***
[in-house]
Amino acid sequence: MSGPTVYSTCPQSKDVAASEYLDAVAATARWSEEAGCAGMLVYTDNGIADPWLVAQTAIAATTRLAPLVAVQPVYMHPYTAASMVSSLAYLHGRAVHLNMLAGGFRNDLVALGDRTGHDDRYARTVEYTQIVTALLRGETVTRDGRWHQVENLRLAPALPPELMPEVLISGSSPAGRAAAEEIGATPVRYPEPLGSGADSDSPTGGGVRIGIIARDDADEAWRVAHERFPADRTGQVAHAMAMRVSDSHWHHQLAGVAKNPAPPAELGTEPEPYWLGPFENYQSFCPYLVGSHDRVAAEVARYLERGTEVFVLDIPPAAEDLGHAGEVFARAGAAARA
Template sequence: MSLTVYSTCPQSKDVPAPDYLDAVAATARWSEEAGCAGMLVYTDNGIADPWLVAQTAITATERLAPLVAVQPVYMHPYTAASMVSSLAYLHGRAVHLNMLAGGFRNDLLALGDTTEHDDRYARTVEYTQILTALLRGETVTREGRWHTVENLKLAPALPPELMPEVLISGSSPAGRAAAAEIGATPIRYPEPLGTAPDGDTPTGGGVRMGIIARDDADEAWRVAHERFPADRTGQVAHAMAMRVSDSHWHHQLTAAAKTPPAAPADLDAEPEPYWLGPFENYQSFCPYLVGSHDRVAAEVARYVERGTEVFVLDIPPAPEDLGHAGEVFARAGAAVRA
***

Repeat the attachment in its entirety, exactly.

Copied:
[in-house]
Amino acid sequence: MSGPTVYSTCPQSKDVAASEYLDAVAATARWSEEAGCAGMLVYTDNGIADPWLVAQTAIAATTRLAPLVAVQPVYMHPYTAASMVSSLAYLHGRAVHLNMLAGGFRNDLVALGDRTGHDDRYARTVEYTQIVTALLRGETVTRDGRWHQVENLRLAPALPPELMPEVLISGSSPAGRAAAEEIGATPVRYPEPLGSGADSDSPTGGGVRIGIIARDDADEAWRVAHERFPADRTGQVAHAMAMRVSDSHWHHQLAGVAKNPAPPAELGTEPEPYWLGPFENYQSFCPYLVGSHDRVAAEVARYLERGTEVFVLDIPPAAEDLGHAGEVFARAGAAARA
Template sequence: MSLTVYSTCPQSKDVPAPDYLDAVAATARWSEEAGCAGMLVYTDNGIADPWLVAQTAITATERLAPLVAVQPVYMHPYTAASMVSSLAYLHGRAVHLNMLAGGFRNDLLALGDTTEHDDRYARTVEYTQILTALLRGETVTREGRWHTVENLKLAPALPPELMPEVLISGSSPAGRAAAAEIGATPIRYPEPLGTAPDGDTPTGGGVRMGIIARDDADEAWRVAHERFPADRTGQVAHAMAMRVSDSHWHHQLTAAAKTPPAAPADLDAEPEPYWLGPFENYQSFCPYLVGSHDRVAAEVARYVERGTEVFVLDIPPAPEDLGHAGEVFARAGAAVRA